Through the first three games of the 1993 Eastern Conference finals, Michael Jordan was shooting 32 percent. He was coming off a 3-for-18 shooting performance in Game 3, which the Bulls somehow managed to win anyway. But they still trailed 2-1 in the series. In Game 4, despite John Starks playing some of the best defense I've ever seen against him, Jordan went for 54 points, hitting 18 of 30 shots (including 6 of 9 3-pointers).

With LeBron it wasn't just the shooting percentage that got people ready to toss him off Mount Olympus. It was his passive play, his refusal to attack the basket or post up or do anything other than shoot the occasional, wildly erratic jump shot.

That still wasn't as bad as Kobe's shutdown in the second half of a Game 7 in Phoenix three years ago, when he went into sleep mode like an unattended computer and took only three shots. And LeBron's never gone three years without winning a playoff series, as Kobe did from 2005 through 2007.

Those are now viewed as minor deviations on the upward arc of Bryant's career. Since then (or should we say, since the arrival of Pau Gasol), he has won a championship and an MVP award and is four victories away from making his third consecutive trip to the Finals. As much outcry as it caused at the time, the Game 7 in Phoenix will not dominate the career wrap-up, if it even appears at all.

Magic choked at the ends of Games 2, 4 and 7 in the 1984 Finals, yet the balance of his career is so weighted by winning that it's his auto-tuned voice you hear throughout the latest NBA commercial. When it looked as though he wouldn't be able to recover from that 1984 meltdown, he came back to win three of the next four championships.

We always think of time as the enemy of athletes, trapping them in a limited window of productivity that doesn't exist in almost any other workplace. We believe the calendar is working against them to drain a bit of their talent every day. Yet sometimes time can be an ally.

LeBron James is only 25 years old. He could be just one-third of the way through his career. Marvin Gaye made 10 albums before he recorded his masterpiece, "What's Going On."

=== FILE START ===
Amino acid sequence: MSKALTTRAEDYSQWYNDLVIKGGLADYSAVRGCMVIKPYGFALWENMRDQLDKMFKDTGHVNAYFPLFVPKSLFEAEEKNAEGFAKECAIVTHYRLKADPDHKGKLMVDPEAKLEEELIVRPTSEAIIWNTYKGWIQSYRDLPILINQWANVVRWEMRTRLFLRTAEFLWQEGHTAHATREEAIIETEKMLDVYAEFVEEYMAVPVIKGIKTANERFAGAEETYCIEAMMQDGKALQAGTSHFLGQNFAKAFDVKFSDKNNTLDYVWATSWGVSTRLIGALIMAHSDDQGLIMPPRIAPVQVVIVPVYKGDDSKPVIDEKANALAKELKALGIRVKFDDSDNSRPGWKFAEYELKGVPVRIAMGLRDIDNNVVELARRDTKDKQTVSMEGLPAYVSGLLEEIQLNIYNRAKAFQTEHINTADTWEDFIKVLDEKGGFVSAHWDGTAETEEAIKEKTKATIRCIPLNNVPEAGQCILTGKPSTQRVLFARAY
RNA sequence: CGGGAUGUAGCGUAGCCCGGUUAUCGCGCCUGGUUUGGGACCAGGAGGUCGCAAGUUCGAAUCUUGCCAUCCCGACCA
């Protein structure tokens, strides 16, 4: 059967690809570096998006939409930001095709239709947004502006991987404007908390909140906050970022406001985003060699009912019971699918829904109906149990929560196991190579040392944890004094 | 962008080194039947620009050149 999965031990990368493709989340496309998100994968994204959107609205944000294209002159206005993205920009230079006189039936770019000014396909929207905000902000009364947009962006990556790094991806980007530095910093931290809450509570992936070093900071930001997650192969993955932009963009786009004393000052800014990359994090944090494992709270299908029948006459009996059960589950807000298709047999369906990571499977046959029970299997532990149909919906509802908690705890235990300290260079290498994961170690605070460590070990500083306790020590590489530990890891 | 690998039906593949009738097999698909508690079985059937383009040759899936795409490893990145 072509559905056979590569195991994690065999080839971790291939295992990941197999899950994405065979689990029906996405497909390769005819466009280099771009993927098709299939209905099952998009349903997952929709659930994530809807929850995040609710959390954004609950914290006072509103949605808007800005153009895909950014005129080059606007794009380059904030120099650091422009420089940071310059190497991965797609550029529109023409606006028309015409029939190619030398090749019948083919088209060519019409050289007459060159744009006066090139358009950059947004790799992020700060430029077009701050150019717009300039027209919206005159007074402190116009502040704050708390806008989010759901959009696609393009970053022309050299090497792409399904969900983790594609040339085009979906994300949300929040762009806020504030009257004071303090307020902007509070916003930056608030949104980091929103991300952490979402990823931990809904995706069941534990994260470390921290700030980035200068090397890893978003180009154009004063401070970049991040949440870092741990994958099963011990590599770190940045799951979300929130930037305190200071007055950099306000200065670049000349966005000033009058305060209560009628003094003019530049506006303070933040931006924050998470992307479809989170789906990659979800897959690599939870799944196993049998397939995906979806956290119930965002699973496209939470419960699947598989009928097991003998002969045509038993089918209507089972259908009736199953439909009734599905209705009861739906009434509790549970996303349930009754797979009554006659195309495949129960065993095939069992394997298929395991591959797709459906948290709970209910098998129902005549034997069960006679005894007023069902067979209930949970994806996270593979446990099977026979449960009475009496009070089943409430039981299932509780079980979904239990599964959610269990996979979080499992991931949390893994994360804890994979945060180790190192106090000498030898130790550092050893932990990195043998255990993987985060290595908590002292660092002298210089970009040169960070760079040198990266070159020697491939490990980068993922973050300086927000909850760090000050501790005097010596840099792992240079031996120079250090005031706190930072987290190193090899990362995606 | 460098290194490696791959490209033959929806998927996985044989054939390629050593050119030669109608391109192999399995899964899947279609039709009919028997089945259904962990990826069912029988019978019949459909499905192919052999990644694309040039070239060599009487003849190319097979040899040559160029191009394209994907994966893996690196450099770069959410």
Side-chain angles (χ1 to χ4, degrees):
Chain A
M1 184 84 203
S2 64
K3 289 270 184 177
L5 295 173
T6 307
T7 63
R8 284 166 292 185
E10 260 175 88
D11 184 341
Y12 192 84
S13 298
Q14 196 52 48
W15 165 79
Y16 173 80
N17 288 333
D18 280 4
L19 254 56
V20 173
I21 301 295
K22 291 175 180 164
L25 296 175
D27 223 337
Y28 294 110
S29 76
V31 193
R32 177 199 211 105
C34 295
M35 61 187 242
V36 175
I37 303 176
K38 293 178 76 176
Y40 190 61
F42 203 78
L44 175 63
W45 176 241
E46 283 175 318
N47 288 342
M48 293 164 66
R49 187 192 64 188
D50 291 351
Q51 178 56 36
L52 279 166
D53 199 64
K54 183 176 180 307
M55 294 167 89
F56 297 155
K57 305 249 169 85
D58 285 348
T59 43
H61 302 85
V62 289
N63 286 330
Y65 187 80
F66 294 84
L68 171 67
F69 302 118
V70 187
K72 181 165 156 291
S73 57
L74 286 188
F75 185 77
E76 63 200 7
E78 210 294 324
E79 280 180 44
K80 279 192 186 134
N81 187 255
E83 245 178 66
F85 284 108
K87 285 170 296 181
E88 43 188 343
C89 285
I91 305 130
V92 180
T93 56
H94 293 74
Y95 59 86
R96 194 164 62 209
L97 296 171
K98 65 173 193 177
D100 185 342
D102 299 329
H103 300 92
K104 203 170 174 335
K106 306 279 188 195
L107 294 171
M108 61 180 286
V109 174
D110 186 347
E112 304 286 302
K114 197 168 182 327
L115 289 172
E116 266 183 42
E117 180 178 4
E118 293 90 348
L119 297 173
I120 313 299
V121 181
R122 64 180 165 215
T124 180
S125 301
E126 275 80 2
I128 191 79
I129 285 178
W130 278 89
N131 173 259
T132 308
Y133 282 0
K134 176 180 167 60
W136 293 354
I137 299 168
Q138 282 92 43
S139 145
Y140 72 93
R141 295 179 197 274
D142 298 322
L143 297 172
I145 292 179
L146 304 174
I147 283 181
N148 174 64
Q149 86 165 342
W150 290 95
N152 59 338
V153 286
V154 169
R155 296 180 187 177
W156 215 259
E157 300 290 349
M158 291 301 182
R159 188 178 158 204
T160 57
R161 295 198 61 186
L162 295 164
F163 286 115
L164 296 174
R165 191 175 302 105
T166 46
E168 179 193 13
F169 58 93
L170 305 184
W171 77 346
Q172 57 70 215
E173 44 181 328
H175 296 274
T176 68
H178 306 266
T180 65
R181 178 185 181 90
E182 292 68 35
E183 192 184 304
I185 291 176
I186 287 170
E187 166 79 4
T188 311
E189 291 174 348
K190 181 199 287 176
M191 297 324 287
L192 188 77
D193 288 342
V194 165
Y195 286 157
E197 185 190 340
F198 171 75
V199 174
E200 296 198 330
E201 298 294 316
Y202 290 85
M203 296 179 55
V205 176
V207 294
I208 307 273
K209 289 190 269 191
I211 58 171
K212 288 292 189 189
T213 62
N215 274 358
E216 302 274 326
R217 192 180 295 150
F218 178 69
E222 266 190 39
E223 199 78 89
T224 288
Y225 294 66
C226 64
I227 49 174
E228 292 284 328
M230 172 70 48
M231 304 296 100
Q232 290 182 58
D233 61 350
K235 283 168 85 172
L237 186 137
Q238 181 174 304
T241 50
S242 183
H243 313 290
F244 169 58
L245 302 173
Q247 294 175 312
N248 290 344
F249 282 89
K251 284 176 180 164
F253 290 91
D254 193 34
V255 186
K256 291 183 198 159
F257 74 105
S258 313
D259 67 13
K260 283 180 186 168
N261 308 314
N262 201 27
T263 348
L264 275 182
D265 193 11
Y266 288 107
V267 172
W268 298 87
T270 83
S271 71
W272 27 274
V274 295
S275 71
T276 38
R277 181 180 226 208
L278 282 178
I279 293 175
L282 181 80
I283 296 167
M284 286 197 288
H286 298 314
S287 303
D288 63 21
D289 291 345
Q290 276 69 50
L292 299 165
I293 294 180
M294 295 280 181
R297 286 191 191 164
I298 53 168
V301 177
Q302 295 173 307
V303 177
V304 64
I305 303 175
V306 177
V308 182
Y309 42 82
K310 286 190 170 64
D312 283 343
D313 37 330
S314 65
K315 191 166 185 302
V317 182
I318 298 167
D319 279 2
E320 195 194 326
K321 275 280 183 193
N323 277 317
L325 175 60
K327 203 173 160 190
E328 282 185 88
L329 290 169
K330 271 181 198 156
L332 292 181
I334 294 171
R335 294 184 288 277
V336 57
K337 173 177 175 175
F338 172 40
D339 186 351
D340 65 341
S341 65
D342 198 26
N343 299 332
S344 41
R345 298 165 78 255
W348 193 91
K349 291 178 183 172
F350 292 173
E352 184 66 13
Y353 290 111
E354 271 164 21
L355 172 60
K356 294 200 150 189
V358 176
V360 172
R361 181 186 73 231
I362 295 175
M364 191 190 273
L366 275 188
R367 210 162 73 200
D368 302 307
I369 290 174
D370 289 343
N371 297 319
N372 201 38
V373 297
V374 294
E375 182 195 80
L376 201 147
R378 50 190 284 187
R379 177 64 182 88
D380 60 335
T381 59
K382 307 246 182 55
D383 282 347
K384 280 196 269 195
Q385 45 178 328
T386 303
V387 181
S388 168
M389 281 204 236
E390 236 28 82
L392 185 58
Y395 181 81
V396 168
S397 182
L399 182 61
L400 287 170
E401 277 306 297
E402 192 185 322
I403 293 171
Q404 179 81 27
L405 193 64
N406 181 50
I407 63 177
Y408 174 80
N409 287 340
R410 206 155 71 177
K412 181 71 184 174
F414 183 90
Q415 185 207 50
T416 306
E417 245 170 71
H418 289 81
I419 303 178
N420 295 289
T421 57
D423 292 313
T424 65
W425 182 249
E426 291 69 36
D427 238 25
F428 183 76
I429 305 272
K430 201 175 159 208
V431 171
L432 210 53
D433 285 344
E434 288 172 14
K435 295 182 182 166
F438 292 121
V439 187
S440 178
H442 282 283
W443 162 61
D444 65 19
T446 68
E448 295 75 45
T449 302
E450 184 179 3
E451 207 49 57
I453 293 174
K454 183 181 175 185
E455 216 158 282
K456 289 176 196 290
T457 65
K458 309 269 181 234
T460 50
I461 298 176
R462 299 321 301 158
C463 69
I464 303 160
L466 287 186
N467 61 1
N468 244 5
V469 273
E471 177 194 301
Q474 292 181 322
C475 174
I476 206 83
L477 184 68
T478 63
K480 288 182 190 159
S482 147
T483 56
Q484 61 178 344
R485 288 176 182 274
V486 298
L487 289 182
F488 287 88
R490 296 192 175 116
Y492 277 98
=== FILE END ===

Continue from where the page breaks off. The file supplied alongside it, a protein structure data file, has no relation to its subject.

With James it's not just about what he'll do, it's where he'll do it. The thought that Game 5 was his final hometown performance seems odorous, but again we should look to the past. Shaquille O'Neal left Orlando on the tail of a sweep, the third time he'd been broomed out of the playoffs in as many forays into the postseason.

Because James' story is taking place in Cleveland there is added melodrama. Only Cleveland has its own set of letdowns that are so notable they get single-word names. I find it funny that if you search for "The Catch" on Wikipedia looking for Dwight Clark's era-altering touchdown against the Dallas Cowboys, you'll find a multitude of choices for plays bearing the same name. But if you search for "The Shot" or "The Drive" or "The Fumble" you'll go straight to three moments that staggered Cleveland.

Yet James' personal history isn't as tortured. At every stage so far he has surpassed our expectations, starting with the most hyped debut in league history. When we wondered how he would top his 2009 MVP season of 28.4 points, 7.6 rebounds and 7.2 assists, he averaged more than a point and more than an assist better this season, and made more than half of his shots for the first time in his career.

The aftermath of Game 5 has been about "How could he be so bad?" It's the wrong question. With LeBron, it's always about "What will he do next?"